Not all women are monogamous, reveals new book
A new book has challenged the long-standing myths about women and sex, by exposing the secrets of female sexuality, including monogamy and fantasies
Author Daniel Bergner of ‘What Do Women Want? Adventures in the Science of Female Desire’, talks about everything from the nature of attraction and pursuit to the prevalence of taboo fantasies to monogamy itself, the New York Post reported.
It is thought that men are more promiscuous by nature because they’re biologically programmed to spread their seed, while the risks of pregnancy and child-rearing cause women to be more selective, but the book talks about some of the most unexpected finding by the field’s leading researchers.
In 10 separate studies, sexologist Marta Meana found that between 30 and 60 percent of women reported frequently have “rape fantasies,” and many of the women who described their own daydreams were also disturbed, according to the book.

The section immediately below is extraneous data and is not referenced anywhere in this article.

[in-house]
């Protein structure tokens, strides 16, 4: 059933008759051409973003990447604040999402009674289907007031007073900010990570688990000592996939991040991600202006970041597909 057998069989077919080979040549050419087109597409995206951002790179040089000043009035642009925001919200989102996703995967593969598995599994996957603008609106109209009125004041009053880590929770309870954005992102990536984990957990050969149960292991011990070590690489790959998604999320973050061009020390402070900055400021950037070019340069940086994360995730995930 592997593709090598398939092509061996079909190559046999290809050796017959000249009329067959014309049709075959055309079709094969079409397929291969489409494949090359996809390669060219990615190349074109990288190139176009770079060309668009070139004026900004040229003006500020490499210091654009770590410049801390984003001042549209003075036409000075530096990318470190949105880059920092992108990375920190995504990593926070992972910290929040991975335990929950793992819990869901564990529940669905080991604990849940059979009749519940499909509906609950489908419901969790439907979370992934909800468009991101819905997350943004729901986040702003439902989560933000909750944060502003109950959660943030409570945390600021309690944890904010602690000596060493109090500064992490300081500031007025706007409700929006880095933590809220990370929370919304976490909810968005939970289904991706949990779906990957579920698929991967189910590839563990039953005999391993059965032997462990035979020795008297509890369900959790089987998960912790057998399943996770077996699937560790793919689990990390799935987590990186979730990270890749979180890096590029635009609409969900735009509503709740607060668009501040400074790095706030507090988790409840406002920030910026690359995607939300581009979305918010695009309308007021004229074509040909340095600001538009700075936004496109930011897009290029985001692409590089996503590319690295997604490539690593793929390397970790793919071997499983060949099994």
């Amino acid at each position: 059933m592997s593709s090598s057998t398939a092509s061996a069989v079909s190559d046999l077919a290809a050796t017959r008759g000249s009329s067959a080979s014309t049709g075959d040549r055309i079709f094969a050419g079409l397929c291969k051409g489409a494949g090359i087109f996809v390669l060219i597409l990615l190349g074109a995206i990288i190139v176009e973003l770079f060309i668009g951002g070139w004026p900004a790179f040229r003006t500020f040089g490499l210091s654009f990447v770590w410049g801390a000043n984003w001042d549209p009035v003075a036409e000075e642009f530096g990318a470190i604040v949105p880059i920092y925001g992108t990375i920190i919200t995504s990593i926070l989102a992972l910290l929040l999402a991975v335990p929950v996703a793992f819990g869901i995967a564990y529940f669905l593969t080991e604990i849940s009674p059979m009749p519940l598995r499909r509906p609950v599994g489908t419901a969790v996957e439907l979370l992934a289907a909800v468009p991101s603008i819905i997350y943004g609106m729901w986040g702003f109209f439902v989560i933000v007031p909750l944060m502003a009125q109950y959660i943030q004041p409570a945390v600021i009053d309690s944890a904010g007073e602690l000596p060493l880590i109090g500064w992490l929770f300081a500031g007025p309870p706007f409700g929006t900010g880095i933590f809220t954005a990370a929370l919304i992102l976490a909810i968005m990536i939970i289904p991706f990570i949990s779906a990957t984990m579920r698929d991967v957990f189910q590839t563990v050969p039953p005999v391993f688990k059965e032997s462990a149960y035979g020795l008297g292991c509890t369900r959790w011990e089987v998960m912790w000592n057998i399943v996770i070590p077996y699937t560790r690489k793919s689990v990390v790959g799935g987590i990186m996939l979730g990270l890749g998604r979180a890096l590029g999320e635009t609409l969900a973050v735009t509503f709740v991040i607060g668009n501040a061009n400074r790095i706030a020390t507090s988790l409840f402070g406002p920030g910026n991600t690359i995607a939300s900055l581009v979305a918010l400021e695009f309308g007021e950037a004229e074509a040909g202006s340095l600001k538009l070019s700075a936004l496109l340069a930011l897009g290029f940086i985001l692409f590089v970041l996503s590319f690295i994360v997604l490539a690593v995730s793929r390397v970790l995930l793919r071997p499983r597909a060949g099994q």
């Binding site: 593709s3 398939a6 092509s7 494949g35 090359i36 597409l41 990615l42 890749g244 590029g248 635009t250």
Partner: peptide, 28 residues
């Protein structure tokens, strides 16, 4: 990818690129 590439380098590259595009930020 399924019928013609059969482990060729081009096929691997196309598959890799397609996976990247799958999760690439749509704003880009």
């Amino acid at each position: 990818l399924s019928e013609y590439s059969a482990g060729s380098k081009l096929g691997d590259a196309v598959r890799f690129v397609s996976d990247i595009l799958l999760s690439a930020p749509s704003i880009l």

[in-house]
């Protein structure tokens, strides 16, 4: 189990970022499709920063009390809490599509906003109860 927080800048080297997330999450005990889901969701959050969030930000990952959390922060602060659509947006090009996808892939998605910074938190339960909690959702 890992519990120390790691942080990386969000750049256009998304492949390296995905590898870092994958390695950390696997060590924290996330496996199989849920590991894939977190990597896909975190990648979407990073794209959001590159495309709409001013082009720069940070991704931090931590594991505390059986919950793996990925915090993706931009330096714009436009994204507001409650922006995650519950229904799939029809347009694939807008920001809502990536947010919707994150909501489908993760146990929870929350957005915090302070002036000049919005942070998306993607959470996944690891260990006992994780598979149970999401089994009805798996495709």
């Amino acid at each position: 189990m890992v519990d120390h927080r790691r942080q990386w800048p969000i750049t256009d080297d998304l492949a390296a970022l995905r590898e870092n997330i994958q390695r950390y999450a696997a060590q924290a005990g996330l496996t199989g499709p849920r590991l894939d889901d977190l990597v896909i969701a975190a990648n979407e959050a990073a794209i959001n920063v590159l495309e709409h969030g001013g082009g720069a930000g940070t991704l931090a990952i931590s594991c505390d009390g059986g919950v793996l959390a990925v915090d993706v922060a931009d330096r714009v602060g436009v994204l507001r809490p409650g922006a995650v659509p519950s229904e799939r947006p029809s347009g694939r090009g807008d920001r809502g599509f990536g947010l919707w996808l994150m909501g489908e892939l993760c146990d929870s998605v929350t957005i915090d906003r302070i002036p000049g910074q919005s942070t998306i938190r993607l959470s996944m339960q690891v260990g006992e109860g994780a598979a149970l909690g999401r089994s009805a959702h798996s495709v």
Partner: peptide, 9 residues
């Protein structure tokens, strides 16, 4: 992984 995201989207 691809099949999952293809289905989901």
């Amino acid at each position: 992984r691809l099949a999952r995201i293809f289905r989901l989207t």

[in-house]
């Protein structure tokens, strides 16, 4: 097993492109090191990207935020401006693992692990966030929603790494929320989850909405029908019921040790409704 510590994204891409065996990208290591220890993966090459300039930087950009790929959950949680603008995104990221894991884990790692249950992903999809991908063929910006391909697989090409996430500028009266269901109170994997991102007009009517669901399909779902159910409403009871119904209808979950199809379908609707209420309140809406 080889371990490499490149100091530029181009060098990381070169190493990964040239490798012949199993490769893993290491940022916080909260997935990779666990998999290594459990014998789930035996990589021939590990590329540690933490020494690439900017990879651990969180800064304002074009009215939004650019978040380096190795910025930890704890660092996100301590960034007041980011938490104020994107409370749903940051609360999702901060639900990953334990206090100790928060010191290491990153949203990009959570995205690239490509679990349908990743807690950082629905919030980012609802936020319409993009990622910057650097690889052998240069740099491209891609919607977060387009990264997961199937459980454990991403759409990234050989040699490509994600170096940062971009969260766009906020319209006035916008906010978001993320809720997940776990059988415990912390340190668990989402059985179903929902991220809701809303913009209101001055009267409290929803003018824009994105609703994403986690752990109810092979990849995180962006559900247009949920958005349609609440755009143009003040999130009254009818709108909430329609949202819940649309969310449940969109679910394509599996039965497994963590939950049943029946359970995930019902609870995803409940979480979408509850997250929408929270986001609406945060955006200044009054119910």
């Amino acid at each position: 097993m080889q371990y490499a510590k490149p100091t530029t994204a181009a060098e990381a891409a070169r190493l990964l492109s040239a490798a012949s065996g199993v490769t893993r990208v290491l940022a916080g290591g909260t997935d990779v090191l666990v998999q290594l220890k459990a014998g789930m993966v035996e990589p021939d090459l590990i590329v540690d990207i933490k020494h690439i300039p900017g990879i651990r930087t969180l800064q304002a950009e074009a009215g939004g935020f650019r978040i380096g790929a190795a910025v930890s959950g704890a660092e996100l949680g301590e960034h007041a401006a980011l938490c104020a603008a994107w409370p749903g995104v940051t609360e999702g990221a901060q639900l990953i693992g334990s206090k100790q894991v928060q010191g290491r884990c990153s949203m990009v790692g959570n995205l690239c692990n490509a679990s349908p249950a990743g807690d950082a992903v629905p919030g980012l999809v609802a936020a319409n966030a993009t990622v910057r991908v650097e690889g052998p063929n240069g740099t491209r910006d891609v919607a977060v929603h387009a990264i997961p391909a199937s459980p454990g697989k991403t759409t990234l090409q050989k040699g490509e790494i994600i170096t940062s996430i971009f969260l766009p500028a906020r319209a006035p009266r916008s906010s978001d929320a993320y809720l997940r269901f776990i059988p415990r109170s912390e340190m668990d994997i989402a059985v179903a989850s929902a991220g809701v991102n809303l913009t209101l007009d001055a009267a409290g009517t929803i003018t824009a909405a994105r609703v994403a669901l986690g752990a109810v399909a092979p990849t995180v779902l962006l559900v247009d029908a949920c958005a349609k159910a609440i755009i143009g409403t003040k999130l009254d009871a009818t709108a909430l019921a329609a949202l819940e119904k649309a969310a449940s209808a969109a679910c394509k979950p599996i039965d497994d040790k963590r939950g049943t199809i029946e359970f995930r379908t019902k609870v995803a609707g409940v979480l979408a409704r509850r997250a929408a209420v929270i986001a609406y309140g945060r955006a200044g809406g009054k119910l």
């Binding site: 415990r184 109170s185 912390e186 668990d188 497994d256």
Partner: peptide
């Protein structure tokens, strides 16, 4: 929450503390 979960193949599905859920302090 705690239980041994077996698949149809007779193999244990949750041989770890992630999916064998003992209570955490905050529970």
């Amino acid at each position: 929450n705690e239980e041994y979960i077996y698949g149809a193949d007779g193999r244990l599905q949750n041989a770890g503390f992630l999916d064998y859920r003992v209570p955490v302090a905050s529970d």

It’s believed that women need to feel emotionally connected in order to feel attracted and to want sex, but the book reveals a recent study by sexologist Meredith Chivers that showed that when it comes to desire, women are as visually stimulated and more easily turned on than men.
The book also cited a study of sexual aggression in female rats and monkeys by Martha McClintock, which reported not just rat flirtation- female rats engage in a sort of coy physical approach to males, moving closer and pulling away over and over – but also that when faced with an indifferent male, they do not give up.
Conventional wisdom has long held that women value monogamy more than men, but recent studies have indicated that women have as complicated a relationship with monogamy as men do, the book revealed.